Monday, March 25, 2013

Painted Ferns

Well, we had more spring snows over this past Sunday and in to this morning.  While it only amounted to 1" or so, it was enough to create some icy roads and messy sidewalks.  Warmer weather later this week and in to next week should melt the snow off so we can target spring clean-up efforts out in the gardens and remove the last of our Holiday Lights Show (HLS) displays, cords and stakes. 

The Spring Symposium went very well on Saturday and I heard nothing but positive reviews from the attendees.  All the speakers did a dynamite job and I thought is was very educational.  There was a nice, historical element to all four topics and all the speakers had a great sense of humor.  We had a total crowd close to 100 which was very comfortable for the room and the day ran very smoothly.  I didn't see a lot of traffic out in the snow-covered gardens on Saturday but we did have some symposium attendees that had not yet been to the gardens and we hope to see them back.

We had a nice turnout of volunteers today despite the snow.  Urban and Pat went out to do some pruning while the Horticulture Center was busy with plenty of other activity.  In the office, Gary was making new labels, Mandy was securing tree/shrub labels to their bases, Pat C. was working on label processing and Jumbo Jim, Stan and Karen spent time viewing Japanese garden photos for future promotions.  Ron, Jim, Dave T. and Gene did more bench sanding while Dr. Gredler worked on painting some easels in need of attention.  Maury ran an errand to Madison and Dick H. was on hand to help where needed.  We also saw Del, Bob C., Kris K., Mary W., Bill O. and many others.  We had some later meetings in the day for our Horticulture Therapy Committee and Home Garden Tour Committee.

While I've blogged regarding Japanese painted ferns (Athyrium niponicum var. pictum) in the past, I thought I'd revisit this neat group of plants.  We have around 20 different varieties of the Japanese painted fern in our fern & moss garden and are accumulating more each year.  I will say that many look very similar and the variability in coloration is most conspicuous during foliage emergence in the spring.  Within the same variety though, there is even some "side by side variability."  While some varieties have more silvering or more maroon in the foliage, they are all good garden performers and do well in partly shaded or shaded sites with decent soils and adequate moisture.  In some cases, newly planted specimens will develop better coloration over the period of a couple years.  With heights averaging around 15", the many varieties of Japanese fern are perfect for the front of the border, as a collective ground cover grouping and certainly as colorful specimens that combine well with other perennials with similar needs and expectations.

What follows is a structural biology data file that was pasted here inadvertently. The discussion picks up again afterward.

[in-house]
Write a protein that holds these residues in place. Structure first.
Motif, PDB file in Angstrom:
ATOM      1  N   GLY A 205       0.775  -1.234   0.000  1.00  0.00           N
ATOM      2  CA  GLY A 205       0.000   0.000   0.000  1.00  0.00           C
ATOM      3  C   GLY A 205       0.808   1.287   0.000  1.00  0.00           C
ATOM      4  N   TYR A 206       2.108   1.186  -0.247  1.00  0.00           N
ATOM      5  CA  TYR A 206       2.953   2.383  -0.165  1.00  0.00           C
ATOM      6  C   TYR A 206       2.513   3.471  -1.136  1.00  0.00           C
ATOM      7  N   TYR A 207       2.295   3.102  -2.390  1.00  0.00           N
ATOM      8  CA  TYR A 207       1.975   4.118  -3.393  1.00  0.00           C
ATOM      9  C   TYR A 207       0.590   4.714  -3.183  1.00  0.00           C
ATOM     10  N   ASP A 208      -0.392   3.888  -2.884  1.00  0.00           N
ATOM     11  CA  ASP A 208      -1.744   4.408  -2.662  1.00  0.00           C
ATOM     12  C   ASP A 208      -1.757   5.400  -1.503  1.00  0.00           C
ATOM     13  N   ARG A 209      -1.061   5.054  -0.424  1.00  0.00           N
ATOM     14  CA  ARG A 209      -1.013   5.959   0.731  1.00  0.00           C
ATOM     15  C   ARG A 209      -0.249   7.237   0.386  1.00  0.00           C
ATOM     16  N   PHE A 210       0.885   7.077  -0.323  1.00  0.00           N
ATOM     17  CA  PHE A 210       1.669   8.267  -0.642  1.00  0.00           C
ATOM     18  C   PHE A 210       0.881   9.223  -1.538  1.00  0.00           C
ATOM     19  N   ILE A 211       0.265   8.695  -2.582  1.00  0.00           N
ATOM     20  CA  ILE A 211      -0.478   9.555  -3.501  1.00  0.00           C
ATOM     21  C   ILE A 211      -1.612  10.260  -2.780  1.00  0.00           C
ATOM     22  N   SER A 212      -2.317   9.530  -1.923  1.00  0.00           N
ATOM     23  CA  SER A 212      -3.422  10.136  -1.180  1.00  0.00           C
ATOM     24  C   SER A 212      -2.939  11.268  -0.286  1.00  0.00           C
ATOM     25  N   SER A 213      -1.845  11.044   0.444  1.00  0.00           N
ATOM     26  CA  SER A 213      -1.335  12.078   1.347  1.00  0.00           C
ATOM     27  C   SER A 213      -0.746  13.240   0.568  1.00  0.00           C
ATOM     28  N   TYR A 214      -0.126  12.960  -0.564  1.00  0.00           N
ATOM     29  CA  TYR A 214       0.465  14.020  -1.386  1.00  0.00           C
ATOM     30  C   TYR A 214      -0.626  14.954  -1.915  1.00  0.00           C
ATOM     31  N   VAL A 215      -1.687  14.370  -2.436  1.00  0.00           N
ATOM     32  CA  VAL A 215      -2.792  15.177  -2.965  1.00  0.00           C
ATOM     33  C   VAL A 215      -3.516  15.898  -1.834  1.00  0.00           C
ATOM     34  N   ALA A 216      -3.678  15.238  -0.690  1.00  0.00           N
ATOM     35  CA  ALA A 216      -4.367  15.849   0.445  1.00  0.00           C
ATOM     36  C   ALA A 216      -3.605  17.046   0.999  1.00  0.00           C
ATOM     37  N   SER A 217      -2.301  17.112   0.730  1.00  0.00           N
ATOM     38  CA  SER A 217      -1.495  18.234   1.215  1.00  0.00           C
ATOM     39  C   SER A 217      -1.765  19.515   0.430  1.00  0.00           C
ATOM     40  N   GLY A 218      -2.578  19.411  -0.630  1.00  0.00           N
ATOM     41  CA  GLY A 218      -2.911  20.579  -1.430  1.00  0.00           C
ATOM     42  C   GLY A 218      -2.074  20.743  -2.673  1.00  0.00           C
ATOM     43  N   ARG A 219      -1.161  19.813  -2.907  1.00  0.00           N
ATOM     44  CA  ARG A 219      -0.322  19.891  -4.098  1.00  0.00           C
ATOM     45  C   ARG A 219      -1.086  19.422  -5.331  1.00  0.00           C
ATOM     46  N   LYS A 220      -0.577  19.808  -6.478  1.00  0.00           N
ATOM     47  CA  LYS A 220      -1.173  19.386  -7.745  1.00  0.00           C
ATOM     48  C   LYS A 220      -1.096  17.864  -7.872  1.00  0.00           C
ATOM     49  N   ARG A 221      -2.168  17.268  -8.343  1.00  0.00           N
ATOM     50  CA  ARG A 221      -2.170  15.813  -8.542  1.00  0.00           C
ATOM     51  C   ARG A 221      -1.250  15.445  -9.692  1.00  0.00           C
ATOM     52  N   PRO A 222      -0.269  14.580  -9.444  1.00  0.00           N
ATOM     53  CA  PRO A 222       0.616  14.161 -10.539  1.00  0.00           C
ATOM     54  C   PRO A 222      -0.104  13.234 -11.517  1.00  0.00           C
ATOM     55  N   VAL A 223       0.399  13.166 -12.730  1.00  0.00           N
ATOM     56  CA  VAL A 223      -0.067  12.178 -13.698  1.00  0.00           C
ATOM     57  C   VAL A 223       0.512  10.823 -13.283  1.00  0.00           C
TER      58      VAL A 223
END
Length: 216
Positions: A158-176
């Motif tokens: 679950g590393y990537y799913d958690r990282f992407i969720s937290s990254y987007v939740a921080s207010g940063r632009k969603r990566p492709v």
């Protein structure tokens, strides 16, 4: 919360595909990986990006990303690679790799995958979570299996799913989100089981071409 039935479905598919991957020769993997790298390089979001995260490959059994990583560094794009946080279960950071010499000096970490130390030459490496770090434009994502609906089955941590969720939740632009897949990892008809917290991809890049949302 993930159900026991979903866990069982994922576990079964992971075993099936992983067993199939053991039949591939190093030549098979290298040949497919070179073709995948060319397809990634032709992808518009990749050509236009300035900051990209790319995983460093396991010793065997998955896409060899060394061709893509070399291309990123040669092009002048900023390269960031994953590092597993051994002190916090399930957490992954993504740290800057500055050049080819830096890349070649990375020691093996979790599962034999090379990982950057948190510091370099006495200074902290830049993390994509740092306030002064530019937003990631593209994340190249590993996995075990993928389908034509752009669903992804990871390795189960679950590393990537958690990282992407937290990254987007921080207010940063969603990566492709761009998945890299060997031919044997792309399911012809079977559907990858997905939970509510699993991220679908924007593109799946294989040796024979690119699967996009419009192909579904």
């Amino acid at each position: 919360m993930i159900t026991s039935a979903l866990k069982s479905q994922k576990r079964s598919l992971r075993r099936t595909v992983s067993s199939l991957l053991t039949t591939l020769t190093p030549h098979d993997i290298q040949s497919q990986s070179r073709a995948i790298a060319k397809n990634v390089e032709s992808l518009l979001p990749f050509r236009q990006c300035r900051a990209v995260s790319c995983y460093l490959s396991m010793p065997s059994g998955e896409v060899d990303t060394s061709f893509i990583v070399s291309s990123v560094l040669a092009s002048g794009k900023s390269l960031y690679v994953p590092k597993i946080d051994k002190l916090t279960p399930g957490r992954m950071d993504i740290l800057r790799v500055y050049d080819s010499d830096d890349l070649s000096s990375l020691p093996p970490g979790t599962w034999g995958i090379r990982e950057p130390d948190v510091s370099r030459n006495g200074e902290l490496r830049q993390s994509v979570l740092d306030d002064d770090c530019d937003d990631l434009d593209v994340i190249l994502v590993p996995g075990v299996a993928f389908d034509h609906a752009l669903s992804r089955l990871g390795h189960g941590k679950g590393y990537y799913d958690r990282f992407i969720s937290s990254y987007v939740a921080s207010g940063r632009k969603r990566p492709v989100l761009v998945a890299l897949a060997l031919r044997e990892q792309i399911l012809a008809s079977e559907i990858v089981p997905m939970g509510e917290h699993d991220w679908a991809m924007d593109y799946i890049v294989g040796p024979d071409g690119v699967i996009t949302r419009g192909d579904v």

'Pewter Lace'
'Pewter Lace'
'Ursula's Red'
'Burgundy Lace'
'Applecourt' (crested)
'Samurai Sword'
'Red Beauty'
'Wildwood Twist'
'Silver Falls'
'Eco Dwarf' (only 9" tall!)

There are some fun, hybrid varieties of the crosses between the Japanese painted fern (Athyrium niponicum var. pictum) and lady fern (Athyrium filix-femina).  The combination of these two parents allows for the silvering and maroon highlights but a more significant size or different form.  The 'Ghost' fern (Athyrium hybrida) directly below is one of my favorites for essentially, a 24"-30" painted fern that is great in the mid-border.  Other crosses (all below) like 'Branford Beauty', 'Branford Rambler' (spreads moderately) and 'Ocean's Fury' (crested) have merit as well.  It will be exciting to see how many other selections of this advantageous cross will be available in our gardens in the near and distant future.

Athyrium hybrida 'Ghost'
Athyrium hybrida 'Ghost'
Athyrium hybrida 'Ghost'
Athyrium hybrida 'Branford Rambler'
Athyrium hybrida 'Branford Beauty'
Athyrium hybrida 'Ocean's Fury' (crested)
Athyrium hybrida 'Ocean's Fury' (crested)

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